What could be more “natural” than a face and body liquid soap made from olive oil? Perhaps one without chemicals and preservatives?
The Code of Federal Regulations (7 C.F.R. § 205.2) defines “natural” or “nonsynthetic” as a “substance that is derived from mineral, plant, or animal matter and does not undergo a synthetic process…” According to the US Code, in 7 U.S.C. § 6502 (2.1), a “synthetic” is “a substance that is formulated or manufactured by a chemical process or by a process that chemically changes a substance extracted from naturally occurring plant, animal, or mineral sources…”
Olivella repeats the word “natural” at least three times on the label to assure us that its face and body wash is just that, yet the ingredient list includes “sodium lauroyl sarcosinate…parfum (fragrance)…BHT, [and] tetrasodium EDTA”.
- The Environmental Working Group’s (EWG’s) chemical database defines sodium lauroyl sarcosinate as “a synthetic skin conditioning agent.” It’s used to increase skin penetration.
- The FDA does not require companies to list ingredients in parfum or fragrances in detail. The FDA’s website says, “Fragrance and flavor formulas are complex mixtures of many different natural and synthetic chemical ingredients, and they are the kinds of cosmetic components that are most likely to be ‘trade secrets.’” The EWG says, “The word ‘fragrance’ or ‘parfum’ on the product label represents an undisclosed mixture of various scent chemicals and ingredients used as fragrance…”
- BHT, or butylated hydroxytoluene, is a food additive used as a preservative and antioxidant. Although considered safe in small quantities in the US, it is forbidden as a food additive in Japan, Sweden, and Australia.
- Tetrasodium EDTA is another preservative, which the Dermatology Review says is used “to prevent the growth of mold and development of rancidity. This ingredient is created from component chemicals; formaldehyde, sodium cyanide, and ethylenediamine.” It warns that “Tetrasodium EDTA works by neutralizing meta ions…. However, these same properties are believed to cause healthcare problems with long term use and high dosage exposure, because…neutralizing the naturally-occurring ions in the body can disrupt normal body function.” It also allows more penetration of the skin, which is “a double-edged sword. For example, depending on the specific formulation where it is used, this chemical may allow other potentially dangerous ingredients and preservatives to enter the body.”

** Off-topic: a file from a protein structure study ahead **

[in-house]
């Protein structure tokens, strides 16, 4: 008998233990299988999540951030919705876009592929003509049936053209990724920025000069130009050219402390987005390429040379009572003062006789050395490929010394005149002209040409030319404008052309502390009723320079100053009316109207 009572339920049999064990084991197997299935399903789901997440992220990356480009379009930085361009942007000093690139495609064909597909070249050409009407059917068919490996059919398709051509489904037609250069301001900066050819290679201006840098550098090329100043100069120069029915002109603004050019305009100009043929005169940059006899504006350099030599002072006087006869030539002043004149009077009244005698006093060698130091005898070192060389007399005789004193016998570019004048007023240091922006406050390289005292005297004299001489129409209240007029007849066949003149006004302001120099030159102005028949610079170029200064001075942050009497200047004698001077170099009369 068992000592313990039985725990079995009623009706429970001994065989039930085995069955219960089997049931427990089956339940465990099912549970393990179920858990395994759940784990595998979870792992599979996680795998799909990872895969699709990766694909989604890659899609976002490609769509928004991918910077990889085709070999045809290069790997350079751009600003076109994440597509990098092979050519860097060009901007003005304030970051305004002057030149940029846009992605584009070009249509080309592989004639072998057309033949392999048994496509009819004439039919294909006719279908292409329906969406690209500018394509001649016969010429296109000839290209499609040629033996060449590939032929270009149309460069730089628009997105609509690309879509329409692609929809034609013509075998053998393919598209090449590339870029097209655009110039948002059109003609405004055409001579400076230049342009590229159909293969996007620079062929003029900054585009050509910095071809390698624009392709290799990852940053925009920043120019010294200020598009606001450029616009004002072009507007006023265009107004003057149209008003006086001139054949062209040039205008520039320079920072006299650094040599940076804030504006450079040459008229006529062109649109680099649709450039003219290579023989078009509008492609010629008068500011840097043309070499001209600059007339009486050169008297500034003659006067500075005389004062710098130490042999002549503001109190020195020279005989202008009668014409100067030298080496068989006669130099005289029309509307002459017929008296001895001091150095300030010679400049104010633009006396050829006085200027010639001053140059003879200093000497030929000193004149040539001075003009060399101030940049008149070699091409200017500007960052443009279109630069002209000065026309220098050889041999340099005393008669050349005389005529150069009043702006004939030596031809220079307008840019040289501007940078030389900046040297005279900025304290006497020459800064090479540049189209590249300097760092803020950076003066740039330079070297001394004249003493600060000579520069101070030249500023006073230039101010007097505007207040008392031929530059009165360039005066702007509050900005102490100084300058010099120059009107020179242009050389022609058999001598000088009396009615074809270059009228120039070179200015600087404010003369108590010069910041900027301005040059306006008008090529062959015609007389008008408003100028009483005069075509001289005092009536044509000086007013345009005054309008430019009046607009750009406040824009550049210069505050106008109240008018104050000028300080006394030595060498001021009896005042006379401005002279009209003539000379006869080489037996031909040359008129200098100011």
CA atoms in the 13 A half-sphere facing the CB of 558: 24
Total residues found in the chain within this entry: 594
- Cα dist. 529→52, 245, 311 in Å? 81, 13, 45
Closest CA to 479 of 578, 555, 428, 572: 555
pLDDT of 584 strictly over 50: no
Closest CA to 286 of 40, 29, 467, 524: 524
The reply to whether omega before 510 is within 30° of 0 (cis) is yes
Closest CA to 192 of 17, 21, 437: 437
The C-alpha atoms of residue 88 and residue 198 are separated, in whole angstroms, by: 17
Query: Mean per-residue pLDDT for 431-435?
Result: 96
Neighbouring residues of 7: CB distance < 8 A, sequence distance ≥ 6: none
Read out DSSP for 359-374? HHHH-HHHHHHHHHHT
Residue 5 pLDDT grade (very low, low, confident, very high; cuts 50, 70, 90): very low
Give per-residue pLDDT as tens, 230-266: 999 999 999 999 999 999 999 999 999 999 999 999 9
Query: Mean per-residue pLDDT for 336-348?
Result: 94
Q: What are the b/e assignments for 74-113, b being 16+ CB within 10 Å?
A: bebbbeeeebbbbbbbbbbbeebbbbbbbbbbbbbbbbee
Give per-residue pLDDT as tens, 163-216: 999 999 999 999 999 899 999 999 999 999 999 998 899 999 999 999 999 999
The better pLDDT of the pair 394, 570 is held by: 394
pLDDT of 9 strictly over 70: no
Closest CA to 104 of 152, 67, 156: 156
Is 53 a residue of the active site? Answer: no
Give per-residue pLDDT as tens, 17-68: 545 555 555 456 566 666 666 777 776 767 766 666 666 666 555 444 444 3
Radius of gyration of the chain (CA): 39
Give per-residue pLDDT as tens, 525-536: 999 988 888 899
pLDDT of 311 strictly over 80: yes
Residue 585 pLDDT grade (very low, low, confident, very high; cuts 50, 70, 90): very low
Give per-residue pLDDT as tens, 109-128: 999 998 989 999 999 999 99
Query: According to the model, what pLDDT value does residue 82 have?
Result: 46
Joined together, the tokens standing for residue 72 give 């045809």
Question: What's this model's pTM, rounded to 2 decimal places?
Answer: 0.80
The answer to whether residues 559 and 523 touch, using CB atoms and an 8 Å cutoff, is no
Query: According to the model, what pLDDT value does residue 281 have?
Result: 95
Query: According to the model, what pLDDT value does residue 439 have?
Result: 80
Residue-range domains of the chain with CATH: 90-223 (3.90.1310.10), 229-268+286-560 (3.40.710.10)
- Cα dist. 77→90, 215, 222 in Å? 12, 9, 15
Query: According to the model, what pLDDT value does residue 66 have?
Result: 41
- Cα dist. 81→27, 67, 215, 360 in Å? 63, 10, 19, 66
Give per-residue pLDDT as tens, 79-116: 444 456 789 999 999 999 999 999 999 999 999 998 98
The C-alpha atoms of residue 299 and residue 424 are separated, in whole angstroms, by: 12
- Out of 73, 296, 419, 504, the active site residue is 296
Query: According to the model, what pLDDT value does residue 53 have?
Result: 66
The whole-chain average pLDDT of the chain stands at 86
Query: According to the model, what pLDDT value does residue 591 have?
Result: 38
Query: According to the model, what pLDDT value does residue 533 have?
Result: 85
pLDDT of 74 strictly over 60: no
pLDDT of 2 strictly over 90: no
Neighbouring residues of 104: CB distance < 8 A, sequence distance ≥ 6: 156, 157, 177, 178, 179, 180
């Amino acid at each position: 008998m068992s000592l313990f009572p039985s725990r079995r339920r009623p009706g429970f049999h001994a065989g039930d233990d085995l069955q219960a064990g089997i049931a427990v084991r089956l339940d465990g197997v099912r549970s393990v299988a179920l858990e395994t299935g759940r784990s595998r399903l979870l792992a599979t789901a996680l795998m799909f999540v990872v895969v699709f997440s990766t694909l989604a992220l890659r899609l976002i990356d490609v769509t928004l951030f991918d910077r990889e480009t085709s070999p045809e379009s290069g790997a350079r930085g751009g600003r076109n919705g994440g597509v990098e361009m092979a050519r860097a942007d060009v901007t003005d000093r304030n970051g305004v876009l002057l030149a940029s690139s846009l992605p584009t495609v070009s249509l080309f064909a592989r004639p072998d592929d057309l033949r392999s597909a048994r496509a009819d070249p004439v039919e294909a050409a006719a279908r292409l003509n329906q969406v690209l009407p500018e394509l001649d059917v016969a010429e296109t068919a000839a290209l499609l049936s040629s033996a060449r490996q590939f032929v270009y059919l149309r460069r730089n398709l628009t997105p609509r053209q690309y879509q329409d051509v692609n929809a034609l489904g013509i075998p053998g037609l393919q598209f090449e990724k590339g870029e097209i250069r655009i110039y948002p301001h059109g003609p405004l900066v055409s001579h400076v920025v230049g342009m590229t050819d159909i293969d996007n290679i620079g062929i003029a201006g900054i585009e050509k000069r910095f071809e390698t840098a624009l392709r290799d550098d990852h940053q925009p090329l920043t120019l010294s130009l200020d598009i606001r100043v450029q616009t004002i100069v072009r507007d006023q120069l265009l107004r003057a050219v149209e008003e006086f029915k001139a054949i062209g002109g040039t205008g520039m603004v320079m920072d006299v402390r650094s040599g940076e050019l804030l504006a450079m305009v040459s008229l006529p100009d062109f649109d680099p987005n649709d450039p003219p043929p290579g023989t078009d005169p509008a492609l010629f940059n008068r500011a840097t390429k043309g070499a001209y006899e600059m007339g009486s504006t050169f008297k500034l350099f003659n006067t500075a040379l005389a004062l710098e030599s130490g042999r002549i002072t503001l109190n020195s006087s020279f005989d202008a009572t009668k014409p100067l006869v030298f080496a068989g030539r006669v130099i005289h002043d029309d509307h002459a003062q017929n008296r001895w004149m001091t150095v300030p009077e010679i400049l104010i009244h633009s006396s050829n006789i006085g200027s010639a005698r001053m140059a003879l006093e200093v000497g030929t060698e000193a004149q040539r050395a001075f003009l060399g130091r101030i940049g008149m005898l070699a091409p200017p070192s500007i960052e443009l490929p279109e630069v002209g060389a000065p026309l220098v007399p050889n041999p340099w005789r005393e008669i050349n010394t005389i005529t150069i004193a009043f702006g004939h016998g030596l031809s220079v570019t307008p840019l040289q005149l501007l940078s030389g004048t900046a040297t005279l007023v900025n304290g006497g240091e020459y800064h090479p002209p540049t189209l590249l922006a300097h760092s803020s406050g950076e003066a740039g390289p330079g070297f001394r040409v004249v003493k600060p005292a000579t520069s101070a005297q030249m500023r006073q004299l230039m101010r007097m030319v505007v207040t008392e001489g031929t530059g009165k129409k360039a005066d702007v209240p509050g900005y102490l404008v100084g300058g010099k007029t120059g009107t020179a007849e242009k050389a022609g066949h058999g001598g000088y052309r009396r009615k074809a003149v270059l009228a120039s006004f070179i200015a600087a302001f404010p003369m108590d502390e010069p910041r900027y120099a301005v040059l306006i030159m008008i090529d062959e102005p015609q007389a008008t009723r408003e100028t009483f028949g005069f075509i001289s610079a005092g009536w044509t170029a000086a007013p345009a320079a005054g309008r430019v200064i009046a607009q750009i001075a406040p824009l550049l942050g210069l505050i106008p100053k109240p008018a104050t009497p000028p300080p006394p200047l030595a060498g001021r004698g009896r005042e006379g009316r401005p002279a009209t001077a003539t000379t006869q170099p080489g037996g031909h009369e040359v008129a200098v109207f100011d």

In fact, a customer review of this soap on Olivella’s own website says, “This soap is great for my hands but still too harsh for face and body with contact dermatitis.”
Yet Olivella’s website repeats its “natural” claims over and over. “All soaps are filled with antioxidants and anti-aging properties found in 100% virgin olive oil. Happily our oil bar soap contains no animal fats, nor harsh man-made chemicals, neither dyes nor color additives. It is pure and natural, made for you.”
There’s another questionable side to this soap in that they make what may be drug claims. Olivella’s website claims that the “Top 3 Olive Oil Benefits” include helping alleviate acne, reducing stretch marks, and providing anti-aging properties. In particular, it states that olive oil reduces stretch marks because its ingredients “improve collagen production and skin elasticity.” This implies that the soap has these benefits. Elsewhere on the website, it’s more directly stated: “Olive Oil Soaps are ideal for every skin type because they…slow down the aging process.”
The FDA’s website says that cosmetics (such as moisturizing soap) that claim to treat acne or slow the aging process are making drug claims and should go through a drug approval process.
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